Smart farming

New Zealand's agriculture sector emits more greenhouse gases than all transport combined -- but it doesn't have to be that way.

We want New Zealand to be farming into the future and passing on truly sustainable, healthy farms to future generations.

New Zealanders take immense pride in our farming sector, but more and more this is being tainted by industrial agricultural practices that are damaging our land, waterways and our international reputation as a clean, green producer. Farming is part of who we are as a nation but we should not allow it to continue to be industrialised at the cost of our environment and economy.

It's a little known fact that agriculture also makes up half of all New Zealand's greenhouse gas emissions. Increased use of chemical fertilisers, increases in the number of cows per acre, and the destruction of forests for pastures are all contributing to make agriculture's emissions unacceptable for a world facing the challenges of a changing climate.

Some New Zealand farmers are making the right choices, adopting practices that are not only better for the climate and the environment, but also for their bottom lines.     
 
It's what we're calling smart farming, or what's known globally as "bio-logical" farming.  
 
Smart farming is about reverting back to more traditional farming practices. It's about less input, and better output. It's about cutting down on chemicals, cutting back on herd numbers and looking after soil so that pasture thrives and lasts. Generations of farmers have successfully used this method in New Zealand - they knew how to work with the land and doing so is how they survived. In a way it's time to go back to basics.

Agriculture and climate change

Agriculture is a very greenhouse-gas intensive form of land use   
 
Two thirds of our agricultural emissions come from the methane emitted when cows burp. Methane is 25 times more potent than carbon dioxide (CO²).

The remaining emissions are from the nitrous oxide gas produced in soil from artificial fertilizer use, livestock urine and manure. It is an astounding 300 times more potent than CO².     
 
 Agriculture's nitrous oxide emissions are higher than New Zealand's road transport emissions.

Corporate Dairy

The ongoing corporatisation and industrialisation of the dairy sector is by far our biggest contribution to global climate change.
 
What's more, these emissions are on the rise. As trees are cut down to make way for cows and pasture, and farming becomes more intensive, our emissions skyrocket
 
Find out more

Emissions trading and agriculture

The dairy industry is exempt from taking real action to reduce its greenhouse gas emissions until 2015, when it may come under the Emissions Trading Scheme (ETS). Even then, the agriculture sector will be heavily subsidised by taxpayers, creating little incentive for farmers to reduce emissions and invest in solutions. Recent research shows that agriculture has some of the most cost-effective ways of cutting greenhouse gas emissions in New Zealand.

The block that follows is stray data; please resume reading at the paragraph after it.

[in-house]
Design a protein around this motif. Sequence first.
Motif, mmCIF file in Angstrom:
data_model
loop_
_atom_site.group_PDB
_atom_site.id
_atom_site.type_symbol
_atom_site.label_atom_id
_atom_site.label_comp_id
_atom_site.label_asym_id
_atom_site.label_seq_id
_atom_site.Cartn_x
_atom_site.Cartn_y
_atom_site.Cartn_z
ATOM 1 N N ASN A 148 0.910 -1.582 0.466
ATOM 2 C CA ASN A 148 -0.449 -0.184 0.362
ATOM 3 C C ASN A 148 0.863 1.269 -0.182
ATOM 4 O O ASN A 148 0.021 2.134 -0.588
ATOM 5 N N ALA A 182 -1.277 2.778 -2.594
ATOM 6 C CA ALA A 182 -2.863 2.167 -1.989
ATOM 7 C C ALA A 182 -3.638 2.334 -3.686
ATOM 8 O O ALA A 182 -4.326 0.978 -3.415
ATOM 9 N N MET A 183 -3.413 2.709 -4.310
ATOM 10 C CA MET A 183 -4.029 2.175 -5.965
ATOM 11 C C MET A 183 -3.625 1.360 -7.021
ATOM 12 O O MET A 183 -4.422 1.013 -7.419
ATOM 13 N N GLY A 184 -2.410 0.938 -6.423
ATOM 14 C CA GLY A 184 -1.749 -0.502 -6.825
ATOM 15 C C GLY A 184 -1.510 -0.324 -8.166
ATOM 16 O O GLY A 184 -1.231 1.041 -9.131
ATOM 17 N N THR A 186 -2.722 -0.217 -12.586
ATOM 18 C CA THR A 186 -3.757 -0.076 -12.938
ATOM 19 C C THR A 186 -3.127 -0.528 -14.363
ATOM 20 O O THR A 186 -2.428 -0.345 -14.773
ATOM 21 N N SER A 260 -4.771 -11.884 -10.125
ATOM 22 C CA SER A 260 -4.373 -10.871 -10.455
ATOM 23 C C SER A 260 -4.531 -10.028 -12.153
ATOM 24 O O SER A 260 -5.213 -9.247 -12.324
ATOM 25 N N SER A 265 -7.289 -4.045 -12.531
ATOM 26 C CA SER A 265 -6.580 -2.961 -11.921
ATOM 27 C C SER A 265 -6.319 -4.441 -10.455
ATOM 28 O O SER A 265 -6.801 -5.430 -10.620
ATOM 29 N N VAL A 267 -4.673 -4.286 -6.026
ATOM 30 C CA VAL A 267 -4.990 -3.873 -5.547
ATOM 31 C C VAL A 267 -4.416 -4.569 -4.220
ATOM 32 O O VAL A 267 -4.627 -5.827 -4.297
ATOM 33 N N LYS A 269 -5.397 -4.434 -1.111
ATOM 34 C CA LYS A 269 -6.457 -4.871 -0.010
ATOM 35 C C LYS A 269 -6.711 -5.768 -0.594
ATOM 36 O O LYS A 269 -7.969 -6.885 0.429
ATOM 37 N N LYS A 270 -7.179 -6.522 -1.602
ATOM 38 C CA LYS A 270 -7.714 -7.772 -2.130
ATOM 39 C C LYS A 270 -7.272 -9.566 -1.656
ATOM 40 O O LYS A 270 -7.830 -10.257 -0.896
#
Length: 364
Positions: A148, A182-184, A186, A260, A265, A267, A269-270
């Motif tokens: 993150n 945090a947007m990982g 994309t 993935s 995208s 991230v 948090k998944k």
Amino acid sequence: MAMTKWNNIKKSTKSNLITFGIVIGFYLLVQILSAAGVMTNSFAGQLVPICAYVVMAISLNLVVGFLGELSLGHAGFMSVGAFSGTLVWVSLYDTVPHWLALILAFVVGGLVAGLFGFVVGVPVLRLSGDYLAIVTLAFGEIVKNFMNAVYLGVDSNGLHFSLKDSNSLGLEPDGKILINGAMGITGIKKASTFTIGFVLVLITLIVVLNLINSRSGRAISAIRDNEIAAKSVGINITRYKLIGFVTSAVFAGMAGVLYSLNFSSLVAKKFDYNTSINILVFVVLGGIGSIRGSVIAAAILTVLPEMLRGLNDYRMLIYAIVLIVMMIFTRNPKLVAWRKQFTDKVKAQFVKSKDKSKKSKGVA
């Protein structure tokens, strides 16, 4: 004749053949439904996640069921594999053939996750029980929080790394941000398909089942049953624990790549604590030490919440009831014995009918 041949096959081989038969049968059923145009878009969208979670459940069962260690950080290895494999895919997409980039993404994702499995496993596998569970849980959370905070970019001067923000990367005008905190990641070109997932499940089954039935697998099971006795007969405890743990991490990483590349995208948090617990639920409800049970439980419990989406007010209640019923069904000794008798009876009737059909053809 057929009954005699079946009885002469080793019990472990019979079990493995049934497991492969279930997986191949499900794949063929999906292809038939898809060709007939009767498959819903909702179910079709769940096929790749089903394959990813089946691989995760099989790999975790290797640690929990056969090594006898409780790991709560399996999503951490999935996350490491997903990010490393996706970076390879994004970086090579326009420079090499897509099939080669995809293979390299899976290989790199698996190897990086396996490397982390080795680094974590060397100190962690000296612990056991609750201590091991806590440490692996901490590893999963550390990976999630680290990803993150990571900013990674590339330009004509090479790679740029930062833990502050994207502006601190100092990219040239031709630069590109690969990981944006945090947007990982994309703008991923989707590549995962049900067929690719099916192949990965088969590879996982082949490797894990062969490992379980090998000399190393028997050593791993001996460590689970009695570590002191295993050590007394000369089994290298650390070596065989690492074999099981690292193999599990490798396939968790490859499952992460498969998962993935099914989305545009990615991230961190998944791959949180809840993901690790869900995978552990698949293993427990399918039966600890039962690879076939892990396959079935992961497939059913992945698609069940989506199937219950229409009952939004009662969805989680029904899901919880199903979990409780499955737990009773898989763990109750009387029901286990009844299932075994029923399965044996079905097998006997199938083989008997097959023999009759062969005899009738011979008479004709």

What happens if New Zealand agriculture doesn't lift its game?

Agriculture is the industry most reliant on a healthy environment and most at risk from the effects of climate change in New Zealand.    Agriculture generates the bulk of our export earnings and has an international reputation not only for quality products, but also for being clean and green. This image - along with the sector's economic sustainability - is under threat.

Greenpeace is calling for:

  • Policies put in place by Government to implement smart farming measures
  • A moratorium on further conversion of forests to pasture
  • For agriculture to be bought into the Emissions Trading Scheme well before 2015

The latest updates

 

New report shows massive carbon footprint of Fonterra’s PKE imports

Press release | December 4, 2011 at 7:11

Auckland 4 December 2011: A new report released today by Greenpeace New Zealand reveals that the 1.4 million tonnes of palm kernel expeller (PKE) imported into New Zealand during the 2010/2011 dairy season, could have produced up to 8.9 million...

Government must now decide on palm kernel

Press release | February 6, 2011 at 17:01

Sunday February 6, 2011, New Plymouth: Greenpeace says that yesterday’s action on board the MV Great Motion leaves the Government with no option but to decide on what its policy is on palm kernel, and that the only option is to put a stop to its...

Greenpeace action continues in Port Taranaki

Press release | February 5, 2011 at 17:32

Saturday February 5 2011 New Plymouth: Four Greenpeace activists remain inside the cranes on the palm kernel bulk carrier MV Great Motion. One of the five Greenpeace activists who boarded the ship has been removed, and placed under arrest, after...

Greenpeace activists stop palm kernel shipment

Press release | February 5, 2011 at 9:53

Saturday February 5, 2011: Greenpeace activists have this morning boarded a shipment of palm kernel to prevent it from being unloaded at Port Taranaki, New Plymouth.

Briquette plant a crime for which Fonterra and Government will share guilt

Press release | January 25, 2011 at 12:34

If Solid Energy’s newly announced briquette plant ever goes into production, it will be a crime of global significance, for which New Zealand’s biggest company, Fonterra, and the New Zealand Government, will be to blame.

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